Burbank Man Indicted for Allegedly Evading Nearly $5.8 Million in Taxes

Burbank Man Indicted for Allegedly Evading Nearly $5.8 Million in Taxes

Travelers load their luggage into a car next to a police car at Los Angeles International Airport in Los Angeles, in a file photo. (David McNew/Getty Images)

City News Service

City News Service

4/25/2024

Updated: 4/25/2024

LOS ANGELES—A Burbank man who allegedly evaded the payment of nearly $5.8 million in federal taxes over several years by using a shill to illegally collect Medicare reimbursement payments made to his blood-testing company was indicted this week by a federal grand jury.
Armen Muradyan, 58, is charged in downtown Los Angeles with one count of tax evasion.
He has been in federal custody since his April 9 arrest at Los Angeles International Airport, according to the U.S. Attorney’s Office.
Mr. Muradyan, a dual citizen of the United States and Armenia, was arrested prior to boarding a one-way flight whose ultimate destination was Armenia. Mr. Muradyan’s arraignment is scheduled for April 29 in Los Angeles federal court.
According to court documents, Mr. Muradyan owned and operated a Burbank-based blood testing laboratory called Genex Laboratories Inc. Medicare and bank records show that Medicare paid millions of dollars in reimbursements to Genex for blood testing. The reimbursements were wired to bank accounts in the name of an individual identified in court documents by the initials L.S., Mr. Muradyan’s long-time friend to whom he had offered to pay $2,000 per month to pretend to be Genex’s owner.
Mr. Muradyan allegedly told L.S. that he needed him to submit Medicare enrollment papers to Medicare on Genex’s behalf because Medicare had banned Mr. Muradyan from submitting claims, prosecutors said.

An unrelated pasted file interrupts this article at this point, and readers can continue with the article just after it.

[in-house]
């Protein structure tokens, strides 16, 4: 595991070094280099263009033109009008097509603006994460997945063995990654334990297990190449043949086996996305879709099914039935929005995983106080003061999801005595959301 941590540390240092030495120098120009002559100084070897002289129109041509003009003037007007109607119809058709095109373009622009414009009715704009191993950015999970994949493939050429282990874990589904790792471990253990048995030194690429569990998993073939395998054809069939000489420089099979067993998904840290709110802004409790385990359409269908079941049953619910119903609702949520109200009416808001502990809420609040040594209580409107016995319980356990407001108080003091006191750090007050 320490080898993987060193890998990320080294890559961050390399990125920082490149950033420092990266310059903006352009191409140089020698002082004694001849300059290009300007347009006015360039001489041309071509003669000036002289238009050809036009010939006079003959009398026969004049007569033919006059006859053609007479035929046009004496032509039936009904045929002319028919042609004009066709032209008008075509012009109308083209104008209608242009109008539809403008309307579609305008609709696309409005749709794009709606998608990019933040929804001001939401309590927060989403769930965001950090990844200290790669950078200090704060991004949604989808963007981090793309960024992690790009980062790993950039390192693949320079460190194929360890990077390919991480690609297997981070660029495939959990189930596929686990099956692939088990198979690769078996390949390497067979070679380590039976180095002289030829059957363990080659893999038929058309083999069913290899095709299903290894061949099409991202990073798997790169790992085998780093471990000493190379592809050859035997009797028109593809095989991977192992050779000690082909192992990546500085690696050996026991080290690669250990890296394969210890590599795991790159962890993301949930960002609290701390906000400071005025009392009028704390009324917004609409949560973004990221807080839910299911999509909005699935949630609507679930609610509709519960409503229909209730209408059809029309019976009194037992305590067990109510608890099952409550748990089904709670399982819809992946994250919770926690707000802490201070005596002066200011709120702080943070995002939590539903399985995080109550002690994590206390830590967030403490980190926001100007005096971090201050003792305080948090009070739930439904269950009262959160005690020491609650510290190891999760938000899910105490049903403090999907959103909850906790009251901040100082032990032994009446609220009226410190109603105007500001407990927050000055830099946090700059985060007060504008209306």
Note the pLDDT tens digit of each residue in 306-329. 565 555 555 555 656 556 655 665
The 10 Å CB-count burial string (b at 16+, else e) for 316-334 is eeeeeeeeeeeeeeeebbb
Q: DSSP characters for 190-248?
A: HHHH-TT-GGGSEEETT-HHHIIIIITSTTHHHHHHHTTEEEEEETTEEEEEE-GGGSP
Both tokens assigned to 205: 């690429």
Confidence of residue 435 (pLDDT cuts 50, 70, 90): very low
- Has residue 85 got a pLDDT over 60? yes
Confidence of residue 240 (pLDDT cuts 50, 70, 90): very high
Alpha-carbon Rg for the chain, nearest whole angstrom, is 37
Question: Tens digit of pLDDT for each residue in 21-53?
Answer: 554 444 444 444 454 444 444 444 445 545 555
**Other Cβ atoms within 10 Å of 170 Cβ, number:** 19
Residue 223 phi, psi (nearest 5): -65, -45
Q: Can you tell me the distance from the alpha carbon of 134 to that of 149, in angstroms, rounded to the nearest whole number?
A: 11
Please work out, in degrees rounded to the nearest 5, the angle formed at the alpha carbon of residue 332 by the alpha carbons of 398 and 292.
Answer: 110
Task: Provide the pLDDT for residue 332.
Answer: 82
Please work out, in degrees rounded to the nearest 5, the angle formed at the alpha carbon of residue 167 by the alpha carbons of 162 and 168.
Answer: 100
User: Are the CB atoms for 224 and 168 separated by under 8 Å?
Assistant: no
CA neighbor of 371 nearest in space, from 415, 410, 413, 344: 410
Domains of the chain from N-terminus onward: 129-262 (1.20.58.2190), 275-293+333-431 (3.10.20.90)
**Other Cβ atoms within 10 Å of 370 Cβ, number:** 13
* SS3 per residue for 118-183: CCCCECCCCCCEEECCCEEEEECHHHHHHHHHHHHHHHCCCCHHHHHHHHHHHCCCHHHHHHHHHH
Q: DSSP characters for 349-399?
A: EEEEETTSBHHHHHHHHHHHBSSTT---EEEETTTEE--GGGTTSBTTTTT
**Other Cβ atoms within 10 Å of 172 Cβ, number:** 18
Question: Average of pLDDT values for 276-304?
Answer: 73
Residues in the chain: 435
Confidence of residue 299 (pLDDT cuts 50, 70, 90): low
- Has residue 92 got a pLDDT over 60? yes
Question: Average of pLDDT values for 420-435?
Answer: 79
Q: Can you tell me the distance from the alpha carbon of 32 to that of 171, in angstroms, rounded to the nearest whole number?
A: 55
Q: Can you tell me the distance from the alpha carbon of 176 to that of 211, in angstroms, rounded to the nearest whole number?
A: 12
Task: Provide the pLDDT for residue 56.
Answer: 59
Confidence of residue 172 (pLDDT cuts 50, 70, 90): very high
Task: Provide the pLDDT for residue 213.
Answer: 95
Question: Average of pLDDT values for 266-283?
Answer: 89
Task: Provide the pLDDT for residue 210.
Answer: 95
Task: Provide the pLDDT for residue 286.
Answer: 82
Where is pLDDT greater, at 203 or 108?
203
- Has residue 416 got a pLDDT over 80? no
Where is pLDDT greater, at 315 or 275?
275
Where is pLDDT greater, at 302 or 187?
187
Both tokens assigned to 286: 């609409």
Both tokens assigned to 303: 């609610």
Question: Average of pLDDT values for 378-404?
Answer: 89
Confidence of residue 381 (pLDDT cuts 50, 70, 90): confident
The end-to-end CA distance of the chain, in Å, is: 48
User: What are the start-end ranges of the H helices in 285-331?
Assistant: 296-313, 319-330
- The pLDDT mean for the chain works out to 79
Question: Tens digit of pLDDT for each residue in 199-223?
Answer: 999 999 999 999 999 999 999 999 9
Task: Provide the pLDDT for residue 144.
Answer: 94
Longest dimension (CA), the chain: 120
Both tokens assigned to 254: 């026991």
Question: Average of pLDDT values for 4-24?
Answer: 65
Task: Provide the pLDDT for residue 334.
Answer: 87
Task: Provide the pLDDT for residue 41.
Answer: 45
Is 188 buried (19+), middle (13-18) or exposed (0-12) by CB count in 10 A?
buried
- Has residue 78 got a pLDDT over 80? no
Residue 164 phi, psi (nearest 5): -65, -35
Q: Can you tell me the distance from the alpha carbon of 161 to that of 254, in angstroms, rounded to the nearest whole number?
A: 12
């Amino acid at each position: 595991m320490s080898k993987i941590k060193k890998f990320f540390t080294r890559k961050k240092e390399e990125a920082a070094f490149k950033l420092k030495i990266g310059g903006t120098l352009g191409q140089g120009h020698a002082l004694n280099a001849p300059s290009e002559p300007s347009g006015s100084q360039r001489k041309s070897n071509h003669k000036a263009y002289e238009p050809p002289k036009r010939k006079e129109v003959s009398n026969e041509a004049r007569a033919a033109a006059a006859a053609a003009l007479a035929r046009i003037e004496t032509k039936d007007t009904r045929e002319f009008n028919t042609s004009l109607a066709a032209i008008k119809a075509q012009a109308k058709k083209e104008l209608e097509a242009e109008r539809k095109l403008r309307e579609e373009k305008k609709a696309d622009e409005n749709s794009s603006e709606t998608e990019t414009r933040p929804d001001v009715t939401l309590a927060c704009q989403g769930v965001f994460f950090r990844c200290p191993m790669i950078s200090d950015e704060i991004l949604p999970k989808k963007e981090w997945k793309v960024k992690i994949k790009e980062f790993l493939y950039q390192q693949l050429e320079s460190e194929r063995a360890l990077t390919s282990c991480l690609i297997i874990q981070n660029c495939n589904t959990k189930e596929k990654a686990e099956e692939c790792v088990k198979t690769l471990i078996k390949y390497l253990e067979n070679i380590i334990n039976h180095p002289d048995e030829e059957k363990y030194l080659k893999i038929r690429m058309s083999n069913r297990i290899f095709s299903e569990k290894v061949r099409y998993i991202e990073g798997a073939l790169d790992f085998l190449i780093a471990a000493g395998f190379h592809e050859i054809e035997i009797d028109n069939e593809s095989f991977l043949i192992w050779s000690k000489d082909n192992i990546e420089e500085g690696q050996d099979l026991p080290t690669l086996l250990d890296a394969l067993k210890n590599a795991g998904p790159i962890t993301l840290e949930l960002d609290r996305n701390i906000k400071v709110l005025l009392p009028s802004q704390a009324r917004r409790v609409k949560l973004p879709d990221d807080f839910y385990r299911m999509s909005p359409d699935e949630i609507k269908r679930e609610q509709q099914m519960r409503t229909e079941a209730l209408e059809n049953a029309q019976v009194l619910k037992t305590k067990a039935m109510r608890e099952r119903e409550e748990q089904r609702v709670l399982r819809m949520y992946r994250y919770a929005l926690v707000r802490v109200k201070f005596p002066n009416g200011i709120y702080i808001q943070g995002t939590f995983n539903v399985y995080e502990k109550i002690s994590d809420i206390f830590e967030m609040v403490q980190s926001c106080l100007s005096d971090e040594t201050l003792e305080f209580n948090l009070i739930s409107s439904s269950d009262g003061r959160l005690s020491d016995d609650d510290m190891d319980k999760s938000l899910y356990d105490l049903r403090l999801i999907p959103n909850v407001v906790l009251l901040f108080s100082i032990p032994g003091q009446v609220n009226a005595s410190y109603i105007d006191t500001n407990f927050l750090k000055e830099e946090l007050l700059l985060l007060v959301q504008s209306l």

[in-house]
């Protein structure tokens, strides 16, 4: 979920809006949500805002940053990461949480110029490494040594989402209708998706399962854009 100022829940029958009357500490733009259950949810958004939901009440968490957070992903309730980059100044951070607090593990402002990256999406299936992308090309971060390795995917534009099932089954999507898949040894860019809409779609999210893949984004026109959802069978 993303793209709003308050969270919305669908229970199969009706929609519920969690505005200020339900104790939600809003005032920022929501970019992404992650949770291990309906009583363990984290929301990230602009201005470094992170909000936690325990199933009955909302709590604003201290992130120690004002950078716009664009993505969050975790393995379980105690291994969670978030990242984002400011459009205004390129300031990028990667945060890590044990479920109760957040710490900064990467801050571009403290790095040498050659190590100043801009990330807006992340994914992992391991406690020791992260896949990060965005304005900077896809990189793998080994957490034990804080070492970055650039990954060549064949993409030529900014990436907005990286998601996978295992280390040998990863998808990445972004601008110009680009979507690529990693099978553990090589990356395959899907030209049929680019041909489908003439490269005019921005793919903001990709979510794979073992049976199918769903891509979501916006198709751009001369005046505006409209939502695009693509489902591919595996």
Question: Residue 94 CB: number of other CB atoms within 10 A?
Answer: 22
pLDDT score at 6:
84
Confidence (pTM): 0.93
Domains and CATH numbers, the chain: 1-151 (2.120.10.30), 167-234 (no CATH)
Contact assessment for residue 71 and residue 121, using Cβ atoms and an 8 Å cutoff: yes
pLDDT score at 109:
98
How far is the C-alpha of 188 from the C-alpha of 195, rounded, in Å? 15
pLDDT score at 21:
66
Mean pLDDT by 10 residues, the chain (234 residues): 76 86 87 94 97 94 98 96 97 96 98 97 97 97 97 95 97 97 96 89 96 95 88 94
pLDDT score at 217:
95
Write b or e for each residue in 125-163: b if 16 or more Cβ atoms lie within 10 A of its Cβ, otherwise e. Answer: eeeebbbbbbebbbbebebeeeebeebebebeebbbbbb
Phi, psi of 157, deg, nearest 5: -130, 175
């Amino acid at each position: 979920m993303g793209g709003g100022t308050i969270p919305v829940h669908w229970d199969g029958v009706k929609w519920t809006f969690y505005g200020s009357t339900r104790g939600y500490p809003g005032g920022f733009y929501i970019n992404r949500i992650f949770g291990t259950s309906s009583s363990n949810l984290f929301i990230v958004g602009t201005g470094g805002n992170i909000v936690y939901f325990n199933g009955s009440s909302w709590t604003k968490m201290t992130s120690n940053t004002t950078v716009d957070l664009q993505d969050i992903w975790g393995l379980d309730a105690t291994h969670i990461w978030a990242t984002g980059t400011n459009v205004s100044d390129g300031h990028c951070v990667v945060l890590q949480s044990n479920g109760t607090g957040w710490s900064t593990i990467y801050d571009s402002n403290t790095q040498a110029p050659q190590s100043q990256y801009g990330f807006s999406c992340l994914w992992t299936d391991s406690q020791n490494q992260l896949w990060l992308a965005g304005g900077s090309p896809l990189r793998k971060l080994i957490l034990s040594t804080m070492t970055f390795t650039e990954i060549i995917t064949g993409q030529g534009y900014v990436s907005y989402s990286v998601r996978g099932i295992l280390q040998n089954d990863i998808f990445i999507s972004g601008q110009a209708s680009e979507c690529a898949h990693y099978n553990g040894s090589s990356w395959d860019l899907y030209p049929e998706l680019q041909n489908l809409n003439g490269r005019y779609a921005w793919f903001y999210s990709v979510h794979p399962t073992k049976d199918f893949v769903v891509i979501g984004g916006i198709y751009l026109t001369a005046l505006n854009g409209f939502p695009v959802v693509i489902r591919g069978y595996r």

L.S. and Mr. Muradyan allegedly opened bank accounts for Genex in L.S.’s name, but which Mr. Muradyan controlled. L.S. neither owned nor operated Genex and visited the company’s Burbank office to collect his $2,000 monthly payment and to sometimes sign documents at Mr. Muradyan’s direction, according to the indictment.
For the tax years of 2015 through 2020, Mr. Muradyan allegedly instructed L.S. to report Genex’s financial activity on L.S.’s personal income tax returns using documents that L.S. provided to his own tax preparer. The documents purportedly showed that Genex had minimal net profit or was operating at a loss, meaning the company had little or no income tax liability.
For the same period, Mr. Muradyan allegedly submitted income tax returns that reported none of Genex’s financial activity as his own and that he averaged an income of $40,000 per year. In fact, according to the U.S. Attorney’s Office, Mr. Muradyan personally received and used millions of dollars in Medicare reimbursements to support his own expensive lifestyle.
For these tax years, Mr. Muradyan’s unreported income was about $16.2 million, resulting in a total federal income tax due and owing by him of nearly $5.8 million, according to court documents.
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